Darnold’s preseason debut against the Atlanta Falcons will be on NFL Network and it should be a good test for him; the Falcons have a deep, talented secondary where a lot of guys have seen playing time in significant moments.
Teams with established starters are revamping their offensive schemes
The Bears, Indianapolis Colts, Oakland Raiders, and Tennessee Titans are undergoing major offensive overhauls from a schematic point of view. We got a sneak peek of the Bears’ new offense under Matt Nagy at the Hall of Fame Game. They look like they’re going to be much more quarterback friendly than they were a year ago.
first 3 looks the bears gave the ravens last night. complete offensive overhaul from what they were doing last year. pic.twitter.com/UhoARzbyKp— charles mcdonald (lakers 0-0) (@FourVerts) August 3, 2018
Marcus Mariota and Derek Carr have shown the ability to be above-average quarterbacks in the league, but they are both coming off down years in 2017. Both struggled with inconsistent play and schemes that didn’t necessarily fit what they do well as a passer.
The Titans hired Matt LaFleur away from the Rams to be their offensive coordinator. LaFleur spent his last two seasons with Kyle Shanahan and Sean McVay, two of the top offensive minds in the game today.
LaFleur was also the quarterbacks coach for Notre Dame when Everett Golson had his best collegiate season before transferring to Florida State. It remains to be seen how good LaFleur will be at calling plays, but he’s exciting as a coaching prospect.
Carr is entering his first season with Jon Gruden pulling the strings for the Raiders’ offense. This one is a total wild card. Gruden has been away from the game for so long that it’s impossible to know how successful the offense will be under his guidance. Still, it’s a fresh change for Carr, who probably played in a system that was too conservative for his arm talent and he does appear to be enjoying his time with Gruden so far.
The Colts are in a peculiar situation with Andrew Luck. Luck has missed extensive time coming off of a shoulder injury, but when he’s at his best he’s shown he can carry an offense deep into the postseason. He has a unique combination of strength in the pocket and downfield touch that makes him difficult to defend, even on the brink of a sack.
New head coach Frank Reich may be introducing a style of offense that Luck hasn’t played in, but it should suit his strengths. Last season, Reich spent the season as the offensive coordinator for the Eagles, where he undoubtedly learned more about integrating a spread offense into the NFL. Luck and Reich’s former quarterback, Carson Wentz, have some similarities in their styles of play.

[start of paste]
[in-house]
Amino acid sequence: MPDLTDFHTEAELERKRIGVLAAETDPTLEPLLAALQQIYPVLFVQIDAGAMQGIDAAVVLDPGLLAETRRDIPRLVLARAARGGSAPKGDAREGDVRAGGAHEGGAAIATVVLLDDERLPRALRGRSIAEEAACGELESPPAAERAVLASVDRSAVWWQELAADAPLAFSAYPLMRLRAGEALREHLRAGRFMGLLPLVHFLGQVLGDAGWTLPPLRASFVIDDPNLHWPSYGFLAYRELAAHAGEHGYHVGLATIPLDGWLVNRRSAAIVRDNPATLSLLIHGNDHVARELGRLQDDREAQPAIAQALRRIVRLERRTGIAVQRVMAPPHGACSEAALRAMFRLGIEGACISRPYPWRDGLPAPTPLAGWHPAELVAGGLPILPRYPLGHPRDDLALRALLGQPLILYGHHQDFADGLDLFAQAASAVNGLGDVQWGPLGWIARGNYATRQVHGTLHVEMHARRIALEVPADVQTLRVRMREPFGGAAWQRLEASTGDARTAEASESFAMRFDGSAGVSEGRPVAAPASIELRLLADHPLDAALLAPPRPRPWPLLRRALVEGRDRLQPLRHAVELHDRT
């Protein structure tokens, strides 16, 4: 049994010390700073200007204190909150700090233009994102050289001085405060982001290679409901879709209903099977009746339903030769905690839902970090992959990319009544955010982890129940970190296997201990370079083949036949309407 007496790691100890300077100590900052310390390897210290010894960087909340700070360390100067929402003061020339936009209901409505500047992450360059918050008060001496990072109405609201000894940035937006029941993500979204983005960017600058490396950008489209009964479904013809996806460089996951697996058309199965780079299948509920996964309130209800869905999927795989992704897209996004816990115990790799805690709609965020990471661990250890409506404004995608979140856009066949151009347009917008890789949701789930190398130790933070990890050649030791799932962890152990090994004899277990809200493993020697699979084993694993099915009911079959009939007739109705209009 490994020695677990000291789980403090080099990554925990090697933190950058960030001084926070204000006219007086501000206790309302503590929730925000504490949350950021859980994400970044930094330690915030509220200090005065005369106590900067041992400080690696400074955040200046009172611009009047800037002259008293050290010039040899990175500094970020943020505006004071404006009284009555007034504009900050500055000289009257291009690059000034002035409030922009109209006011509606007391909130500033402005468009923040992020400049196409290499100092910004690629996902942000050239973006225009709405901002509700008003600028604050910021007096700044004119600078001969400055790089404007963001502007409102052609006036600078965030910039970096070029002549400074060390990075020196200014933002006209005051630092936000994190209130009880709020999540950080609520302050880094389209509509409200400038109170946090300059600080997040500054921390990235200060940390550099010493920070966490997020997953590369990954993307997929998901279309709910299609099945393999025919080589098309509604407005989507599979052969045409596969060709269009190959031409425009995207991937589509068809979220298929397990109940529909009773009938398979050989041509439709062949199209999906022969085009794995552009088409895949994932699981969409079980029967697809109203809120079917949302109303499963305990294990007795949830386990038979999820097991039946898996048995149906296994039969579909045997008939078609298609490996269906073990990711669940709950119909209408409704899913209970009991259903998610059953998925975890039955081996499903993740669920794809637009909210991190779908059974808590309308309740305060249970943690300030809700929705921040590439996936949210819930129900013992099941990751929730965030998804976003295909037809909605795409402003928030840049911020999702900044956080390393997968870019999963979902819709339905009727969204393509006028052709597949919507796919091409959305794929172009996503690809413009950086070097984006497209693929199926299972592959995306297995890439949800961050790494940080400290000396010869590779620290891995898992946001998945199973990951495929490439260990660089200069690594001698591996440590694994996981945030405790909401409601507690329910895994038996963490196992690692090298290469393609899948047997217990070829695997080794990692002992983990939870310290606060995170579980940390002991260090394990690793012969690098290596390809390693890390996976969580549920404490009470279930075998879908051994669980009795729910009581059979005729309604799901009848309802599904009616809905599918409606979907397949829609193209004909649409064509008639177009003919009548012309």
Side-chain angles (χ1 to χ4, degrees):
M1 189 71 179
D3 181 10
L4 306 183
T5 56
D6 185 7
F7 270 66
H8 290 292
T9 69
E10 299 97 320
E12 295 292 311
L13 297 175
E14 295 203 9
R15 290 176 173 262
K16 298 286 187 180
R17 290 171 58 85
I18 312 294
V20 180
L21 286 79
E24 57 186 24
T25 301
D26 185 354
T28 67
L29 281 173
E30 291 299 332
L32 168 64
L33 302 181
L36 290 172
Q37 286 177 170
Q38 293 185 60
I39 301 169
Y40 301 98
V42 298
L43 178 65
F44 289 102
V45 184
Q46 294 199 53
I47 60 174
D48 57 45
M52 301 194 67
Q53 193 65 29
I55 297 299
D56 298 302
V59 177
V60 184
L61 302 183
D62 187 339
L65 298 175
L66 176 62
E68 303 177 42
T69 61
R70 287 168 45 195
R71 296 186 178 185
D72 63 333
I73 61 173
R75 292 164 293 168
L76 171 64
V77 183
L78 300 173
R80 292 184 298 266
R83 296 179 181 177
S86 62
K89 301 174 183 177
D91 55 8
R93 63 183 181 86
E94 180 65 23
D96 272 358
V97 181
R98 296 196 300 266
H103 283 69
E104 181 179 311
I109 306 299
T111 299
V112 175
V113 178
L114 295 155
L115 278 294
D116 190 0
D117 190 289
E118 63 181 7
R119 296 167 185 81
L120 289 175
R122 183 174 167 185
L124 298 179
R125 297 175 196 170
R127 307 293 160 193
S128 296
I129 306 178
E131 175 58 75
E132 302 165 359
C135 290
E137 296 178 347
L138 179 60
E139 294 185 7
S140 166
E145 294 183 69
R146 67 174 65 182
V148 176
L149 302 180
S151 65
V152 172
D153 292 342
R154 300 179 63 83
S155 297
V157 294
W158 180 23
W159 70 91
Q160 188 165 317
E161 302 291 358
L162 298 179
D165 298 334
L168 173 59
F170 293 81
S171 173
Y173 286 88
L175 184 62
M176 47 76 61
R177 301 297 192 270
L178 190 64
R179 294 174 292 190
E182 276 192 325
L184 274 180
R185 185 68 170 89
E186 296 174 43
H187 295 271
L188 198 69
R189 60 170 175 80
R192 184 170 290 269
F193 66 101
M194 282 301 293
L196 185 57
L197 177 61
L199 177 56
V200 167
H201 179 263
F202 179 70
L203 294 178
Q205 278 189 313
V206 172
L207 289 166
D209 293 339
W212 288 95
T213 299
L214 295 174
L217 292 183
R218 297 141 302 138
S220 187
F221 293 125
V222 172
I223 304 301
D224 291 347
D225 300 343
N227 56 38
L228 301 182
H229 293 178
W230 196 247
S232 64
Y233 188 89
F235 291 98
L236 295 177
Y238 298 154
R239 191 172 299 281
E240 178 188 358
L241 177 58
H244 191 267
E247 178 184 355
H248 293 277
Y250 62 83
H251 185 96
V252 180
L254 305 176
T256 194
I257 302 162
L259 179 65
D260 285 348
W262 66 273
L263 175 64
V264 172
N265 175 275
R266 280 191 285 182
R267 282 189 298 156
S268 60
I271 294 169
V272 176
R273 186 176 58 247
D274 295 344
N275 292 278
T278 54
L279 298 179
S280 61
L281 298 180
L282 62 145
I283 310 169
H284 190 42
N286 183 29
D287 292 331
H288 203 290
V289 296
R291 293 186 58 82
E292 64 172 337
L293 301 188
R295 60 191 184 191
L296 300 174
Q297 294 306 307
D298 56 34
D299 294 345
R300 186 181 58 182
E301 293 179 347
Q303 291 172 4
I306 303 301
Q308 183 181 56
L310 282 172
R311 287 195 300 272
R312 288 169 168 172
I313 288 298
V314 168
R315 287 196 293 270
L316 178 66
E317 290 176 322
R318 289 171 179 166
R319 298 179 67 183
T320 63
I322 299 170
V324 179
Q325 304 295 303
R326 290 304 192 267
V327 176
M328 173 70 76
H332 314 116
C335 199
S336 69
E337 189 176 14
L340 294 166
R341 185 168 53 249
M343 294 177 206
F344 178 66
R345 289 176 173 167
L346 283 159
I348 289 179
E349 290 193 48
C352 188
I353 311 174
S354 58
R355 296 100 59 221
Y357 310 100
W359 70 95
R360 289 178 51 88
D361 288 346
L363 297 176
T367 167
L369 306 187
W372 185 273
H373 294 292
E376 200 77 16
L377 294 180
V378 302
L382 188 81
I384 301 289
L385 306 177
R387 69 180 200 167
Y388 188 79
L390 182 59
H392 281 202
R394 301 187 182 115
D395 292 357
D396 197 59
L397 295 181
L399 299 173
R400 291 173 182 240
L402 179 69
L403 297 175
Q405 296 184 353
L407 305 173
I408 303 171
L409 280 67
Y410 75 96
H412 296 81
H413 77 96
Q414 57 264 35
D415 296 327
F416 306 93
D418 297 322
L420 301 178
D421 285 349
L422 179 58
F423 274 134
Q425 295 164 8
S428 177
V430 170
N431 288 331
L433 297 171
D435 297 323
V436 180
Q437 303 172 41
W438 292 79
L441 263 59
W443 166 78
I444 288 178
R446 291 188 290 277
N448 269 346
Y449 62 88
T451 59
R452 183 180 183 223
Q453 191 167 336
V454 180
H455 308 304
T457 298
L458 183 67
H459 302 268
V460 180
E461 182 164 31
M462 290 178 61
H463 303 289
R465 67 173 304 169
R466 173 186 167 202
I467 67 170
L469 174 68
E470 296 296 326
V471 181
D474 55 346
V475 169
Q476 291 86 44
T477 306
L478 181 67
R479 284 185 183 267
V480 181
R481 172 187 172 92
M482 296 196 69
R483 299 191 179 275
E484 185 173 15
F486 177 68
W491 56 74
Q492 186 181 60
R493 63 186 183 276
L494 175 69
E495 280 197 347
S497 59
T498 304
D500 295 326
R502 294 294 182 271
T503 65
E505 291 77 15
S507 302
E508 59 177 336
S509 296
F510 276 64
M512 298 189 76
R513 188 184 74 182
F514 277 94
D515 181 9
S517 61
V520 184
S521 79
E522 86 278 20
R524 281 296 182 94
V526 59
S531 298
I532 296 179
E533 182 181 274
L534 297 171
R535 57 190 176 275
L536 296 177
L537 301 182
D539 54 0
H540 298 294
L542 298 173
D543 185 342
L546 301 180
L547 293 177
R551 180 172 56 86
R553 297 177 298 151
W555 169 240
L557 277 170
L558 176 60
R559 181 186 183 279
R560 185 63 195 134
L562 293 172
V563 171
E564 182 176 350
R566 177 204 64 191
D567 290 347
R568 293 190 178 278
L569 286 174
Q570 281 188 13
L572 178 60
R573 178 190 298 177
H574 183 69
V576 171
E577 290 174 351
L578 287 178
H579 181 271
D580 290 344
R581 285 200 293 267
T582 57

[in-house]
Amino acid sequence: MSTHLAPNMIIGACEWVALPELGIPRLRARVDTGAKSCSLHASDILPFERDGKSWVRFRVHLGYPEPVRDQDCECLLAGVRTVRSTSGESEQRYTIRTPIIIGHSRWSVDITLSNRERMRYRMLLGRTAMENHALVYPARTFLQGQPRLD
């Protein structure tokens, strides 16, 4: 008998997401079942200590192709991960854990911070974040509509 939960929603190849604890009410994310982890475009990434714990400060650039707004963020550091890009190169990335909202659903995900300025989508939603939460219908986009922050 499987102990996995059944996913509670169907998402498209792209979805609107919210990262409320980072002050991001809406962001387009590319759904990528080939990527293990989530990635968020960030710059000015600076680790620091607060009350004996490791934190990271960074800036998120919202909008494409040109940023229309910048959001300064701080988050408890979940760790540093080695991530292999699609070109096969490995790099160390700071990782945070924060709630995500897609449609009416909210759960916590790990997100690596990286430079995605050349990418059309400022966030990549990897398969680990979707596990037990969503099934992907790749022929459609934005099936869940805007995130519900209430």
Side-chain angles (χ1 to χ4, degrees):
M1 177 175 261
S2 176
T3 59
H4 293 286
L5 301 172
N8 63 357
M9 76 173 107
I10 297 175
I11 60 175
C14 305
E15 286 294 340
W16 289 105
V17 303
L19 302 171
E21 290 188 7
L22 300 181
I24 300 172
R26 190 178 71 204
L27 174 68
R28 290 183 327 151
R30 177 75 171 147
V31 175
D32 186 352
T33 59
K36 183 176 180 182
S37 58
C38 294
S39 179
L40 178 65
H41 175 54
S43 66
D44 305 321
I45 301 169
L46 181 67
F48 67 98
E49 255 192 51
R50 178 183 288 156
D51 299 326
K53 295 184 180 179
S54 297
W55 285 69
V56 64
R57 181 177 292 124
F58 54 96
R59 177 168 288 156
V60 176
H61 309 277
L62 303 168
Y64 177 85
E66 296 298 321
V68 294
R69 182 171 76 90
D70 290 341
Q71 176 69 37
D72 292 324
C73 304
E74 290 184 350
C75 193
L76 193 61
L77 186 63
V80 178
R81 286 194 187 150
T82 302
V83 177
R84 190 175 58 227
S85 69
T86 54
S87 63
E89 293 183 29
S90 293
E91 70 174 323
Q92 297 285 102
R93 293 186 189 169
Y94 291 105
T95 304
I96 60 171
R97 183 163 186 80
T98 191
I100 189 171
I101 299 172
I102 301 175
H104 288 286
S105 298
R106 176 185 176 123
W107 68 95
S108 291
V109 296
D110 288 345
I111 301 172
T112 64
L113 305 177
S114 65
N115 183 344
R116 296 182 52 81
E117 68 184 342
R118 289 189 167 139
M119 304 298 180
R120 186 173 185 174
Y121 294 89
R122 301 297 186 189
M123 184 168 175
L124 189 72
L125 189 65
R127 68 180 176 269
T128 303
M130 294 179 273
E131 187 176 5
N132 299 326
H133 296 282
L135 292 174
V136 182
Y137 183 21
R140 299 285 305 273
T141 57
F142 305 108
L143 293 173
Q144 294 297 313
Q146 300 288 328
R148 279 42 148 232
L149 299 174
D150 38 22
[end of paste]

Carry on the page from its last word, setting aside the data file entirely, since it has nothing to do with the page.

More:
Luck has been playing in more “traditional” offenses since his days at Stanford; it’ll be interesting to see how he adjusts to Reich’s offense in the preseason. If he’s 100 percent healthy, he has the talent to excel in any scheme. Regardless, it’ll be good for the league to get Luck back on the football field.
The rookie running back class has a number high investments
NFL teams spent a number of high picks on running backs in 2018. Seven backs went in the top two rounds of the draft: Saquon Barkley, Rashaad Penny, Sony Michel, Nick Chubb, Ronald Jones II, Kerryon Johnson, and Derrius Guice.
Of course, the headliner of the group is Barkley, the second overall pick. He has the ability to be a lead, all-around running back out of the gate. His preseason reps will likely be limited as he figures to be a gigantic piece of the Giants’ offense this year, but he should be able to show us why he was selected so high. When Barkley was at his best, he was arguably the most dominant offensive player in college football.
The other six running backs will have a chance to grab starting spots as well. Johnson has a chance to emerge as the do-it-all back that the Detroit Lions have sorely been missing for years. He performs well in pass protection so he should be able to get on the field for plenty of third downs in the preseason.
Penny was a surprising first-round pick for the Seahawks, but he was a monster as San Diego State’s top offensive weapon. Penny rushed for 2,248 yards and a whopping 23 touchdowns in his senior season. Penny certainly has the athletic potential to prove that he deserved to be a first-rounder, and he could help shoulder some of the load for quarterback Russell Wilson, who led the team in rushing last season.
If Michel (New England), Chubb (Cleveland), Jones II (Tampa Bay), and Guice (Washington) have strong debuts as well, we could get even more thinkpieces on the value of running backs throughout the season. Michel just had a minor knee surgery, so there’s a real chance we might not see him play until the start of the regular season.
It’s hard to sit down and watch preseason football. It can be even harder to admit to loved ones, friends, family, and therapists that you do in fact enjoy preseason football. Let go of those preconceived notions. The offensive skill talent in the league right now is at a high level, so enjoy some of these young guys getting a chance to play before they get stashed away for the majority of the regular season — and don’t feel bad about it.